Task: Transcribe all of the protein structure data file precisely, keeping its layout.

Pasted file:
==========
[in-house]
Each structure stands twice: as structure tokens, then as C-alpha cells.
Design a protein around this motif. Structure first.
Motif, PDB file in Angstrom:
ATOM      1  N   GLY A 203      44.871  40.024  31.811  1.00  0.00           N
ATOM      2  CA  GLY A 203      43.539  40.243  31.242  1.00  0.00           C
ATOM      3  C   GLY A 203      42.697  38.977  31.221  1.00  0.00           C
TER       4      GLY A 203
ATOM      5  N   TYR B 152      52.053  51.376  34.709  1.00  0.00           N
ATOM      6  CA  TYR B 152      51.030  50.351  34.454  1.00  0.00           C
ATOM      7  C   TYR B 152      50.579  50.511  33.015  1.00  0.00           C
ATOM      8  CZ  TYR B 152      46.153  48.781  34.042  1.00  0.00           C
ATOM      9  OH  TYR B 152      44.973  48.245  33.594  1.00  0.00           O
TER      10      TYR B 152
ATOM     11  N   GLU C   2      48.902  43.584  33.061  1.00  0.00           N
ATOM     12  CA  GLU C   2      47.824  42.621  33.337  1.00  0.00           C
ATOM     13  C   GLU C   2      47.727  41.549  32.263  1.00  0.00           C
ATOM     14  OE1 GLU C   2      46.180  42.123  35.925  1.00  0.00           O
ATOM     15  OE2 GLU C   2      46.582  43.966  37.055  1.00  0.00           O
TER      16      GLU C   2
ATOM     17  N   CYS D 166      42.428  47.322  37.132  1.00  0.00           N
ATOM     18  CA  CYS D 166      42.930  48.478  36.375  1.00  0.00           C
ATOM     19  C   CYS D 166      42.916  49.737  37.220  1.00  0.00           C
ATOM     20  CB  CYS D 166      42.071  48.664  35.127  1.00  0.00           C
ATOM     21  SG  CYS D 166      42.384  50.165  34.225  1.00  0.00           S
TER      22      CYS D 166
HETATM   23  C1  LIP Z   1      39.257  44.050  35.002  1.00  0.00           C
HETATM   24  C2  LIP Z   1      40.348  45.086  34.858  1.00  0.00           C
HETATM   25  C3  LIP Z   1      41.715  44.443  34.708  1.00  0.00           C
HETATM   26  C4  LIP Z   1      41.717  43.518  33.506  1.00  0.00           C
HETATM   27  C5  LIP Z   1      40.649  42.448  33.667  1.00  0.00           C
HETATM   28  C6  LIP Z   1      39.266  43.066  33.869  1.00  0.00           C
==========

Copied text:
[in-house]
Each structure stands twice: as structure tokens, then as C-alpha cells.
Design a protein around this motif. Structure first.
Motif, PDB file in Angstrom:
ATOM      1  N   GLY A 203      44.871  40.024  31.811  1.00  0.00           N
ATOM      2  CA  GLY A 203      43.539  40.243  31.242  1.00  0.00           C
ATOM      3  C   GLY A 203      42.697  38.977  31.221  1.00  0.00           C
TER       4      GLY A 203
ATOM      5  N   TYR B 152      52.053  51.376  34.709  1.00  0.00           N
ATOM      6  CA  TYR B 152      51.030  50.351  34.454  1.00  0.00           C
ATOM      7  C   TYR B 152      50.579  50.511  33.015  1.00  0.00           C
ATOM      8  CZ  TYR B 152      46.153  48.781  34.042  1.00  0.00           C
ATOM      9  OH  TYR B 152      44.973  48.245  33.594  1.00  0.00           O
TER      10      TYR B 152
ATOM     11  N   GLU C   2      48.902  43.584  33.061  1.00  0.00           N
ATOM     12  CA  GLU C   2      47.824  42.621  33.337  1.00  0.00           C
ATOM     13  C   GLU C   2      47.727  41.549  32.263  1.00  0.00           C
ATOM     14  OE1 GLU C   2      46.180  42.123  35.925  1.00  0.00           O
ATOM     15  OE2 GLU C   2      46.582  43.966  37.055  1.00  0.00           O
TER      16      GLU C   2
ATOM     17  N   CYS D 166      42.428  47.322  37.132  1.00  0.00           N
ATOM     18  CA  CYS D 166      42.930  48.478  36.375  1.00  0.00           C
ATOM     19  C   CYS D 166      42.916  49.737  37.220  1.00  0.00           C
ATOM     20  CB  CYS D 166      42.071  48.664  35.127  1.00  0.00           C
ATOM     21  SG  CYS D 166      42.384  50.165  34.225  1.00  0.00           S
TER      22      CYS D 166
HETATM   23  C1  LIP Z   1      39.257  44.050  35.002  1.00  0.00           C
HETATM   24  C2  LIP Z   1      40.348  45.086  34.858  1.00  0.00           C
HETATM   25  C3  LIP Z   1      41.715  44.443  34.708  1.00  0.00           C
HETATM   26  C4  LIP Z   1      41.717  43.518  33.506  1.00  0.00           C
HETATM   27  C5  LIP Z   1      40.649  42.448  33.667  1.00  0.00           C
HETATM   28  C6  LIP Z   1      39.266  43.066  33.869  1.00  0.00           C